Large Numbers in Spanish

Instructor: Ashley Zehel

Ashley has a M.A. in Spanish as well as a B.S. in Foreign Language Education. She has taught K-12 and now teaches college level.

Dealing with large quantities is common in our world. This could be money, time, products, or even people. In this lesson, you will learn how to communicate using large numbers in Spanish. Now you can keep track of these quantities, or count the number of hairs on your head just to pass the time.

Spanish Numbers

Counting in Spanish is pretty easy. Just like English, many of the numbers share prefixes while they are in groups of tens, hundreds, thousands, millions, and beyond.

When writing big numbers in numeric form, periods are used to separate hundreds, thousands, and millions places while commas are used where we would use decimal points. For example, something that costs 60 thousand dollars and 99 cents in the Spanish-speaking world might be written $60.000,99. Note that the U.S. use of the decimal points and commas are the exact opposite. Some countries that have more of a U.S. influence may write their prices exactly the same as English, so just ask if something is unclear!

money

Hundreds

You're likely already knowledgeable about number 1-99. Let's now take a look at the numbers that make up the hundreds.

  • 100 - cien if standing alone, or ciento if followed by another number. For example, 150 is said ciento cincuenta, 101 is ciento uno, 183 is ciento ochenta y tres, while 100 is just said cien. When you want to say something like 'Hundreds of people' you'd make it plural: Cientos de personas.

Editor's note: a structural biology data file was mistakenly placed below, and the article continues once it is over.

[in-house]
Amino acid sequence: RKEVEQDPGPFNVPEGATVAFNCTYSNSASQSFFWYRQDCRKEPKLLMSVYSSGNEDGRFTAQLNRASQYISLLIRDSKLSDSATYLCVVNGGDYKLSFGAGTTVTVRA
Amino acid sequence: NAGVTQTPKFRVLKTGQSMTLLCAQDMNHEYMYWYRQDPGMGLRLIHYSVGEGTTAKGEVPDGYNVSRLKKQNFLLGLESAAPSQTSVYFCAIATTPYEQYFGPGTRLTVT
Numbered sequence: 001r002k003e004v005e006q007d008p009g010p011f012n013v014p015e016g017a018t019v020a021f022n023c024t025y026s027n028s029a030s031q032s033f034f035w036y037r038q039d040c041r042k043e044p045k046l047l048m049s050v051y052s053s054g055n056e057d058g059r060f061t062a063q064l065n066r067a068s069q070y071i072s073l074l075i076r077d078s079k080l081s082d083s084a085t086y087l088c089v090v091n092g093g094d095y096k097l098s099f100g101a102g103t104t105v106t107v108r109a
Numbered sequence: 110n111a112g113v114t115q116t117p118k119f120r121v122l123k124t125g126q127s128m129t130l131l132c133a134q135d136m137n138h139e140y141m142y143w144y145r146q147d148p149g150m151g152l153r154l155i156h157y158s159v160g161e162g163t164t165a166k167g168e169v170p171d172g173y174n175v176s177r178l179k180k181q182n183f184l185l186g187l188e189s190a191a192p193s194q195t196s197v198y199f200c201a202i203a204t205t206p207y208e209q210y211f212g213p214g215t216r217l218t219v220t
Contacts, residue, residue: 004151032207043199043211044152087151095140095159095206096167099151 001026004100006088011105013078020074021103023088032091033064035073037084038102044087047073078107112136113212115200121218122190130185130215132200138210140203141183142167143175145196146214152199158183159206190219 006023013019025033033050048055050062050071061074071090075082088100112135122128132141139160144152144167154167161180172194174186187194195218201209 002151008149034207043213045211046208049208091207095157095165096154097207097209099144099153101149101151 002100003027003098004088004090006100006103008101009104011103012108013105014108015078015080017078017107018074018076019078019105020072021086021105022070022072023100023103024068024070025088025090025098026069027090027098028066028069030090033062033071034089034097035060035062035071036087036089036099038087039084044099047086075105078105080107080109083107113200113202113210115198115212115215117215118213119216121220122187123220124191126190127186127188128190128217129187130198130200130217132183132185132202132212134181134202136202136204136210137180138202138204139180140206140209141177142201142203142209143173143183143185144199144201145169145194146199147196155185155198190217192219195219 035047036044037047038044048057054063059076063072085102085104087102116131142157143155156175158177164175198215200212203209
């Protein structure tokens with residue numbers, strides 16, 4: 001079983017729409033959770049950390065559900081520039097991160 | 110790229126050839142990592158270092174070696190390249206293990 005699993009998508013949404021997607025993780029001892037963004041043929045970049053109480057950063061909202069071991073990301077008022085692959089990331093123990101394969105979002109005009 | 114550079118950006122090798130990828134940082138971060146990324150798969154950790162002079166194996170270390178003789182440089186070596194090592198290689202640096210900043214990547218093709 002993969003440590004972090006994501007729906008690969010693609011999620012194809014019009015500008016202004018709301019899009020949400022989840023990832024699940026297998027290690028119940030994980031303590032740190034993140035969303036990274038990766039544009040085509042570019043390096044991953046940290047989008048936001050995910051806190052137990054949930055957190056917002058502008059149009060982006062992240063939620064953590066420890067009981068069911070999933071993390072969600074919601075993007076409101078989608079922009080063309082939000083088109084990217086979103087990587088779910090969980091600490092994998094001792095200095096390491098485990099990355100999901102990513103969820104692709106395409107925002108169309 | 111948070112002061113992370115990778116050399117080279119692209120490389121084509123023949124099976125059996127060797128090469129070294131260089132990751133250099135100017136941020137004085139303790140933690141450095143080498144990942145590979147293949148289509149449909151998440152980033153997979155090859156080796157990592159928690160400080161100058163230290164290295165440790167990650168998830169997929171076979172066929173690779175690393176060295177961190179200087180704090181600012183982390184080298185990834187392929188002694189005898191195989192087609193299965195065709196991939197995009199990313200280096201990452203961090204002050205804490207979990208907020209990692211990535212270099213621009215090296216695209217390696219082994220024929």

The rest of these hundreds-place numbers are always the same no matter if they stand alone or have other numbers after them.

  • 200 - doscientos
  • 300 - trescientos
  • 400 - cuatrocientos
  • 500 - quinientos
  • 600 - seiscientos
  • 700 - setecientos
  • 800 - ochocientos
  • 900 - novecientos

Thousands

Now let's jump to an even bigger number: the thousands! Notice the decimal where you might normally see a comma in English.

  • 1.000 - mil, or use miles when saying something like 'thousands of people:' Miles de personas.

To say anything more than one thousand, you would just say the number of thousands and the word mil afterwards. Here are some examples:

  • 2.000 - dos mil
  • 3.000 - tres mil
  • 9.000 - nueve mil
  • 10.000 - diez mil
  • 79.000 - setenta y nueve mil
  • 100.000 - cien mil
  • 150.000 - ciento cincuenta mil
  • 900.000 - novecientos mil

Millions

Alright, let's get even higher. Let's look at how we would say millions, billions and beyond!

  • 1.000.000- un millón or, again, to say 'Millions of people:' Millones de personas.

This number works just like mil where you would just say the number of millions with the word millones after it.

  • 2.000.000 - dos millones
  • 40.000.000 - cuarenta millones
  • 561.000.000 - quinientos sesenta y uno millones

The even bigger numbers work just the same as millón and millones, whereas just one million is singular and everything beyond that is plural.

  • billion - mil millón and mil millones
  • trillion - billón and billones

Note that billón is a false cognate and does not mean 'billion' in English. To say billion in Spanish, we are really saying one thousand millions.

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